By Michael Morton
When psychologist Linda Daniels of Murray Hill heard the boom from the plane slamming into the building that day in September, she looked out the window of her corner office on the 62nd floor of the North Tower and was shocked by the sight.
“I saw all this debris come from above me,” said Daniels, who at the time worked for the medical services department of the Port Authority and who now runs a private practice out of an office in Bayside while serving as a clinical faculty member at Long Island Jewish Medical Center in New Hyde Park.
Daniels escaped from the World Trade Center on Sept. 11, but 70 of her co-workers did not, and in all more than 2,700 people died in the terrorist attacks that destroyed the two buildings.
Now in a new book entitled “Healing Journeys” published earlier this year by New Horizon Press, Daniels has written about strategies for dealing with trauma. Her advice is based on her own experience at the World Trade Center and from counseling people who survived Sept. 11 and other disasters.
After she heard the first plane hit the floors above her and saw the destruction raining down, Daniels and other workers from her office fled into the stairwell, which quickly filled up. At the 40th floor, she saw a woman sitting down, apparently too distraught to move.
“I went up to this woman and gently rubbed her back and told her it would be all right,” said Daniels, who specializes in trauma at her practice.
With the woman’s co-worker, they guided her to the ground floor and left the building. Daniels then tried to find emergency personnel so she could help them, but the South Tower started to collapse and she ran. She eventually walked across the Queensboro Bridge into Queens and then hopped on a bus, thanks to a stranger who gave her his MetroCard.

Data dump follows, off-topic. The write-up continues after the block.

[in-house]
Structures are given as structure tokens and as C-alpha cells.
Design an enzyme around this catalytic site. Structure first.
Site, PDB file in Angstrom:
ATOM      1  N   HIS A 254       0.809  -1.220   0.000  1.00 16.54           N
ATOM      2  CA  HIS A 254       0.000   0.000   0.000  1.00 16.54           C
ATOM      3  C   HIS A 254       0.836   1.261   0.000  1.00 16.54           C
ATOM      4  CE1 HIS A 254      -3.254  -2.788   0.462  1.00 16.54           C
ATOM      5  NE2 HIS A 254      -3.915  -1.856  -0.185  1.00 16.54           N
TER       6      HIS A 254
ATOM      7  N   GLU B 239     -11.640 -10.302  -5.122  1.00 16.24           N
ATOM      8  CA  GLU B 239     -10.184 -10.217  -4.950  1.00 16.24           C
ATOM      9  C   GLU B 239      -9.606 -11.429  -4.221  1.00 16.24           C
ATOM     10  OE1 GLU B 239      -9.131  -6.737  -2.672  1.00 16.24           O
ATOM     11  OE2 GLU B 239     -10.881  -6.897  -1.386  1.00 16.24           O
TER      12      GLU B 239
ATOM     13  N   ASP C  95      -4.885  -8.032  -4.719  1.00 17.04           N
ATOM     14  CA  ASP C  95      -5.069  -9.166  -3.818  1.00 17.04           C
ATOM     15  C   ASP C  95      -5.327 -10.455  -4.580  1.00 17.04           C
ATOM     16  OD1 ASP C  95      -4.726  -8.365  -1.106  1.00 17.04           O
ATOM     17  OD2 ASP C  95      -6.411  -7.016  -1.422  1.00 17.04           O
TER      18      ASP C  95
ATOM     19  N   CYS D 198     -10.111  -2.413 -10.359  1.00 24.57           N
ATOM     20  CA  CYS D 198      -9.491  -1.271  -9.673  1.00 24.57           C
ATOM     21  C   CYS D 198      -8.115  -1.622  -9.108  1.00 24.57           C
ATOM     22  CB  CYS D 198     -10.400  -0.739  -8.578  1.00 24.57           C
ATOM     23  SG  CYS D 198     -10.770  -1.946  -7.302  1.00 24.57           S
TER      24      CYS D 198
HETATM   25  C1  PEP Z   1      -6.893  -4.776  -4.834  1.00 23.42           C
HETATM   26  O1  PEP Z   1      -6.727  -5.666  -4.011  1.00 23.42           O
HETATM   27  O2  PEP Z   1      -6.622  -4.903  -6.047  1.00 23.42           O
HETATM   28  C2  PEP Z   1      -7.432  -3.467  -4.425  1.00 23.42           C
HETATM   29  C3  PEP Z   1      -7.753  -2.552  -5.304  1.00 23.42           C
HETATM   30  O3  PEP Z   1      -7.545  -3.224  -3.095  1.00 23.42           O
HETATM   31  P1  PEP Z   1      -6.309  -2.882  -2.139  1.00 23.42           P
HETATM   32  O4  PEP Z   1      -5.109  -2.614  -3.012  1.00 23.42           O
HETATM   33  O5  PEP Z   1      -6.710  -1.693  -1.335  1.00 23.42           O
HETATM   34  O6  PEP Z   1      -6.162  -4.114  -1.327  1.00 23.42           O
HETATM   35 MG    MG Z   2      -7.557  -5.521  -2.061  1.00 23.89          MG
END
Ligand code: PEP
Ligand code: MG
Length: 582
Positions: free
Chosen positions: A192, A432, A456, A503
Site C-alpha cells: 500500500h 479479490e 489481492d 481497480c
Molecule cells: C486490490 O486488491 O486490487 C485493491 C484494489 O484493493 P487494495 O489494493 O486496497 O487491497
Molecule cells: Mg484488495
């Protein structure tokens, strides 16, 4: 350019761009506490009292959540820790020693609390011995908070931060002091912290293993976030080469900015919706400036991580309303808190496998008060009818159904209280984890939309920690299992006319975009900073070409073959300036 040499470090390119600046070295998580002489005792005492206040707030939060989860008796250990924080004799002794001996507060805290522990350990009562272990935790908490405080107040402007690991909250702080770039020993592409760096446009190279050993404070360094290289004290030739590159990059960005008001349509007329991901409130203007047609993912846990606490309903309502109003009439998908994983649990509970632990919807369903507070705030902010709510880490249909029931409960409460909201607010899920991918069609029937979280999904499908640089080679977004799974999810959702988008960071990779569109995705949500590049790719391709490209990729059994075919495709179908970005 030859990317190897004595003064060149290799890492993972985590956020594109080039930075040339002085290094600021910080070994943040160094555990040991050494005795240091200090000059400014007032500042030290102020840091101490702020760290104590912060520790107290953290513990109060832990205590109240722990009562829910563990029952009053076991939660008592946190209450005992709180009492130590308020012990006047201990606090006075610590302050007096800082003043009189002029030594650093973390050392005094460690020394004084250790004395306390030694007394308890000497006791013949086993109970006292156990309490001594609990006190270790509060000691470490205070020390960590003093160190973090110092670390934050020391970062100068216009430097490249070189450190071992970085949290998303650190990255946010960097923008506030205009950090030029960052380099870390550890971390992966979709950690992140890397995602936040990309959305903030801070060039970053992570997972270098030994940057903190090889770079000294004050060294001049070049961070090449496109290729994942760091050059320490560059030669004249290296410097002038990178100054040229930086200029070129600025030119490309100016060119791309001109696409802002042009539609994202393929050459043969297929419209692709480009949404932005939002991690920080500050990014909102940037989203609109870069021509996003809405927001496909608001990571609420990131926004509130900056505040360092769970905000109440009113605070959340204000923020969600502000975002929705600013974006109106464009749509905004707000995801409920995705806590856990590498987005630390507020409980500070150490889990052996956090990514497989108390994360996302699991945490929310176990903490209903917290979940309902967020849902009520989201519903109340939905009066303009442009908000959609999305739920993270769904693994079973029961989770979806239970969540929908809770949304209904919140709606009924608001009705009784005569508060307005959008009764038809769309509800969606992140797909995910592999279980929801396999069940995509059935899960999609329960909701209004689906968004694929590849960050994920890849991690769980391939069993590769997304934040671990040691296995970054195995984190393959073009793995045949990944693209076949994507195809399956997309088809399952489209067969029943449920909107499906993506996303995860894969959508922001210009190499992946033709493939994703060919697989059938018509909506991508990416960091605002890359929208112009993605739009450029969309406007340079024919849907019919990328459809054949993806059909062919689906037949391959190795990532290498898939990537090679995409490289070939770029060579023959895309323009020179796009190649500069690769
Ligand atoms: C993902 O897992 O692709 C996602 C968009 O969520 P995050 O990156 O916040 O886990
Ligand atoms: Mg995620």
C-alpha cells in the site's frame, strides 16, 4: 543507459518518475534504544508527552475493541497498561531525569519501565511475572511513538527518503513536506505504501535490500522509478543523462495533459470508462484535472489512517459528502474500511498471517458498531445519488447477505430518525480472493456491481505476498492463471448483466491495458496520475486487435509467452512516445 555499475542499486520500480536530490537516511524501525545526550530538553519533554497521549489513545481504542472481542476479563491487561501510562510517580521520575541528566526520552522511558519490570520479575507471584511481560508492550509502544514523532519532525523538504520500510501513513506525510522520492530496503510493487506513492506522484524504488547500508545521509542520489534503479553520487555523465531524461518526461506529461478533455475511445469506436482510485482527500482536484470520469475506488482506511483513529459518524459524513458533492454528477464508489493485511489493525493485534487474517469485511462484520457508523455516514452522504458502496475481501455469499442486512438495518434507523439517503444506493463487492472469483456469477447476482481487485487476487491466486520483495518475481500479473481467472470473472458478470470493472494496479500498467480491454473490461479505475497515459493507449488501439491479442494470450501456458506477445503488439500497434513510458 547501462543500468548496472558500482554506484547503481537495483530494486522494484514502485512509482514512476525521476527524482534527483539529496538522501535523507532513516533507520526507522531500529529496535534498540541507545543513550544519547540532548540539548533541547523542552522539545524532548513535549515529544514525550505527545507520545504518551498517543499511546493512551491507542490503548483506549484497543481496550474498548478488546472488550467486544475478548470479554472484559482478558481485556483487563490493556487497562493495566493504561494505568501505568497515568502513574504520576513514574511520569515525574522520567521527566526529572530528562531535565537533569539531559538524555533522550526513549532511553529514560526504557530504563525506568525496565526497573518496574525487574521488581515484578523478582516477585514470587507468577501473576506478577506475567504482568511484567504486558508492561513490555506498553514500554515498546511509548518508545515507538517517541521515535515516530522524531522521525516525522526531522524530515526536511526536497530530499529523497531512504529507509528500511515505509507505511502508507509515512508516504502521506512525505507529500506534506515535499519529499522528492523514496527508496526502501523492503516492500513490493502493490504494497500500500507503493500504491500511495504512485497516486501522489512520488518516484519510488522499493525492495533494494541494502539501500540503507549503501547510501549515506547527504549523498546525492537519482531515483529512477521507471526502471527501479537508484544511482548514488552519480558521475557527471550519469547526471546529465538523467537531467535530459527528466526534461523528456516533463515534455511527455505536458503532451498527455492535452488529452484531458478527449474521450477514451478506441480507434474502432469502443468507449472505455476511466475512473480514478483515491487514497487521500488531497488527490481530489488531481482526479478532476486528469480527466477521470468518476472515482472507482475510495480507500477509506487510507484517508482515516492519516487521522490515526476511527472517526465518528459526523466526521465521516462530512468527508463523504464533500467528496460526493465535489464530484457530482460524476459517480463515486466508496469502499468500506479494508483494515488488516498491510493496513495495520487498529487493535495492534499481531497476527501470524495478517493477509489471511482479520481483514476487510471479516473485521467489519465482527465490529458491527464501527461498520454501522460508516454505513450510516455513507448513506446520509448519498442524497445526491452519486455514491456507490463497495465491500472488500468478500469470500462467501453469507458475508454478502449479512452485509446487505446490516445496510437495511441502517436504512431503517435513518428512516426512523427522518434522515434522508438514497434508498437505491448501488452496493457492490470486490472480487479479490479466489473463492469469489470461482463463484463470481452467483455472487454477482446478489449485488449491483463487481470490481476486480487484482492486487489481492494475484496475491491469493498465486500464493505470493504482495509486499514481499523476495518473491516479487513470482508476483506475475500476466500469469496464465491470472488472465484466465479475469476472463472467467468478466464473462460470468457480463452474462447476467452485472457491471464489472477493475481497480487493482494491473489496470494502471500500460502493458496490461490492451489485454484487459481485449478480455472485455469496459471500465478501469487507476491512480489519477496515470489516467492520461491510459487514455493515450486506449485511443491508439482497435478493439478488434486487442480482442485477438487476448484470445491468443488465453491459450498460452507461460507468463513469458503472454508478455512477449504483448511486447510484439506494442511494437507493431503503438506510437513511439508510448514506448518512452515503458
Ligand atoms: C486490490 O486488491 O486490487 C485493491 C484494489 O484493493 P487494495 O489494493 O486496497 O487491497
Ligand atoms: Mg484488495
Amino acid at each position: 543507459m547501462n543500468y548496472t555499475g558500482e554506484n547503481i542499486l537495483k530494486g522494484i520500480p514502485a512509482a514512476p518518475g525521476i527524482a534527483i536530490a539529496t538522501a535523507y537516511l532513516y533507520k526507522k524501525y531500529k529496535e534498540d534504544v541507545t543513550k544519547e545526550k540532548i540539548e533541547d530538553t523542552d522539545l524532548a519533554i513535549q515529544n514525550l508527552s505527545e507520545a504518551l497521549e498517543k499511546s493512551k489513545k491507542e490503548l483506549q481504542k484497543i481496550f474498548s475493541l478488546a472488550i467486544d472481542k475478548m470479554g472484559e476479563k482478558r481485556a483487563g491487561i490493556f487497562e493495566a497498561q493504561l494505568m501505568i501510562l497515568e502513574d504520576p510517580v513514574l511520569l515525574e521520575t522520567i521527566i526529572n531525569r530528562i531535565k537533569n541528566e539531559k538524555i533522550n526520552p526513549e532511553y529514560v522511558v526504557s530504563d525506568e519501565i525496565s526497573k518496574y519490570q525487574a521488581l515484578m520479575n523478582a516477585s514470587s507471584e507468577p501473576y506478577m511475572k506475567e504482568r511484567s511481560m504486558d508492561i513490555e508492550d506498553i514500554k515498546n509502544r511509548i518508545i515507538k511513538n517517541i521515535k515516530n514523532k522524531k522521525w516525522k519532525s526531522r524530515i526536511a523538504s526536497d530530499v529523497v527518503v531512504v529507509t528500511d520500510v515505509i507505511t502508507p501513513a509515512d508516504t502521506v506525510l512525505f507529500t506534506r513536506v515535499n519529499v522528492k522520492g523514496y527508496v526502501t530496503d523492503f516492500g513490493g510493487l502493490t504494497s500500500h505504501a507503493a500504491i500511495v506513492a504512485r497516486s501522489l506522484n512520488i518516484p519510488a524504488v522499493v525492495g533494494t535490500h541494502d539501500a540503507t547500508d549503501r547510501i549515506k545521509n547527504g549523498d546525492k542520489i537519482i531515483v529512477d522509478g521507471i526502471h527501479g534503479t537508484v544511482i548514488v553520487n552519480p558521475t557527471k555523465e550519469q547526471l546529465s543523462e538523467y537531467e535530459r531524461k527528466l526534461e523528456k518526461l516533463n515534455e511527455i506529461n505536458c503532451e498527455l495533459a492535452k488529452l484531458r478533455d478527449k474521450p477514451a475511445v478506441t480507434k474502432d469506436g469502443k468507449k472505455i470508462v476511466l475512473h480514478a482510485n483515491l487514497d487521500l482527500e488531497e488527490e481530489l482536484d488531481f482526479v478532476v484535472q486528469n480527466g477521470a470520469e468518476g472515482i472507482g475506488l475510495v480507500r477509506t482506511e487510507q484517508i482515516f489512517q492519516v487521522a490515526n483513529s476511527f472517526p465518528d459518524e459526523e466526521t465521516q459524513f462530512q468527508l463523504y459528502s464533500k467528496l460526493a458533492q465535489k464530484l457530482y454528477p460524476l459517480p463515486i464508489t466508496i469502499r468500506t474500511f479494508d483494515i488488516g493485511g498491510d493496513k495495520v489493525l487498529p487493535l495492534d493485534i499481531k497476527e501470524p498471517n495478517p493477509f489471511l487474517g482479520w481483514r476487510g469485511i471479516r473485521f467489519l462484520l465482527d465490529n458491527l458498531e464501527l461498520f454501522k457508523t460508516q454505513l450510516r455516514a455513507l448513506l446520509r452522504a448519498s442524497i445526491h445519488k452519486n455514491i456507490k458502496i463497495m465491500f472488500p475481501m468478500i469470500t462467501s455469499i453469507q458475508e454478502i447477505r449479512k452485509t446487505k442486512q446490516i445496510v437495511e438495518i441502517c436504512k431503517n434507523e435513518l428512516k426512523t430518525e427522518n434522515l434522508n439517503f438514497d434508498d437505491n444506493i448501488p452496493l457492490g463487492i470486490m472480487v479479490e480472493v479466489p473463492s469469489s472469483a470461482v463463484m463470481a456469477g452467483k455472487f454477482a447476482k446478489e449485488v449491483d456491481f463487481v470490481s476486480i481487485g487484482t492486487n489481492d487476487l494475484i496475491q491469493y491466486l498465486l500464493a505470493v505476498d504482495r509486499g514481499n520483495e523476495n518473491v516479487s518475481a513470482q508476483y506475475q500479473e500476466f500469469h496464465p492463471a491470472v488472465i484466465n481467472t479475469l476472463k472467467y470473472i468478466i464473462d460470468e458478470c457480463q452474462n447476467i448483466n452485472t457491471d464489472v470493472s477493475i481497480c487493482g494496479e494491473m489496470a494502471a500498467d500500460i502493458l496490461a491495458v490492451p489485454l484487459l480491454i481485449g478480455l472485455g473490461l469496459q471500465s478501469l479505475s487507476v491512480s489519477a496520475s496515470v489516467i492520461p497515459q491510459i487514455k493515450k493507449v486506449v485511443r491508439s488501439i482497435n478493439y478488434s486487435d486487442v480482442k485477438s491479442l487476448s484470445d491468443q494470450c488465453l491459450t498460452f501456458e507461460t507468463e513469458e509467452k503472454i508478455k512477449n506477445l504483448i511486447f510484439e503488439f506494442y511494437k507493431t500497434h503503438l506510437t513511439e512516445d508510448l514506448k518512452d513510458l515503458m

Back at her Murray Hill home, she sat in a daze for 20 minutes and then checked her phone messages. One was from her friend, hoping that Daniels had not gone to work that day. Another was from her mother.
“I heard my mother scream, ‘She’s not there! She’s not there!’” Daniels said.
After calling friends and loved ones to say she was all right, Daniels watched the images of the planes crashing into the towers on television over and over. The next day she went to JFK airport to set up a trauma center for Port Authority employees.
“I was at an airport — if that wasn’t a trigger I don’t what was,” Daniels said of the environmental factors that can cause flashbacks. While the airport terminal itself did not affect her mentally, she said the sight of planes in the sky took her mind back to the towers being hit. She also had nightmares and felt the fear, anxiety and uncertainty that haunts many trauma survivors, she said.
With her background, however, Daniels recognized her symptoms and knew she needed to seek therapy to deal with the experience. “I wish I could have been in denial,” she said recently with a laugh. “I don’t think I had the luxury of denial.”
Daniels worked through her fear and anxiety with her mentor, one of her former professors. One month after the attack she started seeing patients again and at the four-month mark she hung up a photo of the towers in her office, a symbol of her acceptance of the tragedy.
“It was acknowledgment both of the horrific end of the towers and of the positive memories I had from that building,” Daniels said. “No one can really take them away.”
After spending months with her patients, some of them suggested Daniels write a book to help other trauma survivors. “They thought I had something to offer other people,” she said.
Though the first-time author said writing the book was difficult emotionally, it was also therapeutic. “I saw how survivors were overcoming their symptoms and showing such courage,” Daniels said.
Today Daniels no longer has nightmares or flashbacks, but that does not guarantee she will not in the future, she said. In her book, she said she advises survivors that trauma can lead to self-growth and that no one should feel guilty if they remain affected by Sept. 11 or other calamitous events.
“Many 9/11 survivors are still feeling symptoms,” Daniels said. “It doesn’t mean they’re not recovering.”
Reach reporter Michael Morton by e-mail at email@example.com or by calling 718-229-0300, Ext. 154.